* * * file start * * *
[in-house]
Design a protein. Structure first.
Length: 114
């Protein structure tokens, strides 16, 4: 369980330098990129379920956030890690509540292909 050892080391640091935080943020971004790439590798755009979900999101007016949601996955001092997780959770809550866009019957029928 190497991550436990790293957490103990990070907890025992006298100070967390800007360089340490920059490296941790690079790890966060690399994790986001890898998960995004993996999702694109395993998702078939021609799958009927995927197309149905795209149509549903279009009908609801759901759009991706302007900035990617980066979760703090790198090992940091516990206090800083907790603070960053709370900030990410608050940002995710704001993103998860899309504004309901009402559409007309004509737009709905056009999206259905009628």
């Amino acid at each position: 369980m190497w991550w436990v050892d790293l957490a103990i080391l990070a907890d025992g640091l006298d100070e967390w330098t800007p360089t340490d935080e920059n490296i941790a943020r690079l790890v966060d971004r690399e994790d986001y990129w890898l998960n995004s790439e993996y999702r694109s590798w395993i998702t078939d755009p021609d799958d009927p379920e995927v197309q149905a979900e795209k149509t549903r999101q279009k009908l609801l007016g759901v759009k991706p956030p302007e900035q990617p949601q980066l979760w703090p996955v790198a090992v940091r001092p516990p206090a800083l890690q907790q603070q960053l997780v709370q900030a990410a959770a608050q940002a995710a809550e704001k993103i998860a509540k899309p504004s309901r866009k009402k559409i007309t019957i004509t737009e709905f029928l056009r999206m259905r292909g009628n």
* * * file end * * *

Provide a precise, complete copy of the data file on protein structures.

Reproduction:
[in-house]
Design a protein. Structure first.
Length: 114
């Protein structure tokens, strides 16, 4: 369980330098990129379920956030890690509540292909 050892080391640091935080943020971004790439590798755009979900999101007016949601996955001092997780959770809550866009019957029928 190497991550436990790293957490103990990070907890025992006298100070967390800007360089340490920059490296941790690079790890966060690399994790986001890898998960995004993996999702694109395993998702078939021609799958009927995927197309149905795209149509549903279009009908609801759901759009991706302007900035990617980066979760703090790198090992940091516990206090800083907790603070960053709370900030990410608050940002995710704001993103998860899309504004309901009402559409007309004509737009709905056009999206259905009628």
């Amino acid at each position: 369980m190497w991550w436990v050892d790293l957490a103990i080391l990070a907890d025992g640091l006298d100070e967390w330098t800007p360089t340490d935080e920059n490296i941790a943020r690079l790890v966060d971004r690399e994790d986001y990129w890898l998960n995004s790439e993996y999702r694109s590798w395993i998702t078939d755009p021609d799958d009927p379920e995927v197309q149905a979900e795209k149509t549903r999101q279009k009908l609801l007016g759901v759009k991706p956030p302007e900035q990617p949601q980066l979760w703090p996955v790198a090992v940091r001092p516990p206090a800083l890690q907790q603070q960053l997780v709370q900030a990410a959770a608050q940002a995710a809550e704001k993103i998860a509540k899309p504004s309901r866009k009402k559409i007309t019957i004509t737009e709905f029928l056009r999206m259905r292909g009628n």